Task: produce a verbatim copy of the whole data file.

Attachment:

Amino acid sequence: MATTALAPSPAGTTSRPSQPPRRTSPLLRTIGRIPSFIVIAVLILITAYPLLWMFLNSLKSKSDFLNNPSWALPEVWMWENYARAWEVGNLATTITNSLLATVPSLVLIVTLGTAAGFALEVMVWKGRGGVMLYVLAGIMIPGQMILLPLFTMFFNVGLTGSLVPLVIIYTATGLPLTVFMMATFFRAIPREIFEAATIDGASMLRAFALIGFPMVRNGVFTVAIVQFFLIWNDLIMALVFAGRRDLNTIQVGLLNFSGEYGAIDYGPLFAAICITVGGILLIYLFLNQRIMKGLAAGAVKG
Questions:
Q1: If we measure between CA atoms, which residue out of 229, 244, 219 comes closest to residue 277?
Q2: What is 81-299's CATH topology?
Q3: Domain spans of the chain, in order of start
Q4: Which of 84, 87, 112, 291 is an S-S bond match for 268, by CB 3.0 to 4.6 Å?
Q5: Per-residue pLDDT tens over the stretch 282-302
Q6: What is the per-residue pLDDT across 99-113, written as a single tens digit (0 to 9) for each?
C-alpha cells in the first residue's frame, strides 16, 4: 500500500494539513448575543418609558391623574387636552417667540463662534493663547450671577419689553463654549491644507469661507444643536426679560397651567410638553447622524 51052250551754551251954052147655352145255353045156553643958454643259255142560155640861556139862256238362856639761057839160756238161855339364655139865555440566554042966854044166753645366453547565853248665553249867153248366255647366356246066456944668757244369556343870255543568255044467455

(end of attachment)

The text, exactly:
Amino acid sequence: MATTALAPSPAGTTSRPSQPPRRTSPLLRTIGRIPSFIVIAVLILITAYPLLWMFLNSLKSKSDFLNNPSWALPEVWMWENYARAWEVGNLATTITNSLLATVPSLVLIVTLGTAAGFALEVMVWKGRGGVMLYVLAGIMIPGQMILLPLFTMFFNVGLTGSLVPLVIIYTATGLPLTVFMMATFFRAIPREIFEAATIDGASMLRAFALIGFPMVRNGVFTVAIVQFFLIWNDLIMALVFAGRRDLNTIQVGLLNFSGEYGAIDYGPLFAAICITVGGILLIYLFLNQRIMKGLAAGAVKG
Questions:
Q1: If we measure between CA atoms, which residue out of 229, 244, 219 comes closest to residue 277?
Q2: What is 81-299's CATH topology?
Q3: Domain spans of the chain, in order of start
Q4: Which of 84, 87, 112, 291 is an S-S bond match for 268, by CB 3.0 to 4.6 Å?
Q5: Per-residue pLDDT tens over the stretch 282-302
Q6: What is the per-residue pLDDT across 99-113, written as a single tens digit (0 to 9) for each?
C-alpha cells in the first residue's frame, strides 16, 4: 500500500494539513448575543418609558391623574387636552417667540463662534493663547450671577419689553463654549491644507469661507444643536426679560397651567410638553447622524 51052250551754551251954052147655352145255353045156553643958454643259255142560155640861556139862256238362856639761057839160756238161855339364655139865555440566554042966854044166753645366453547565853248665553249867153248366255647366356246066456944668757244369556343870255543568255044467455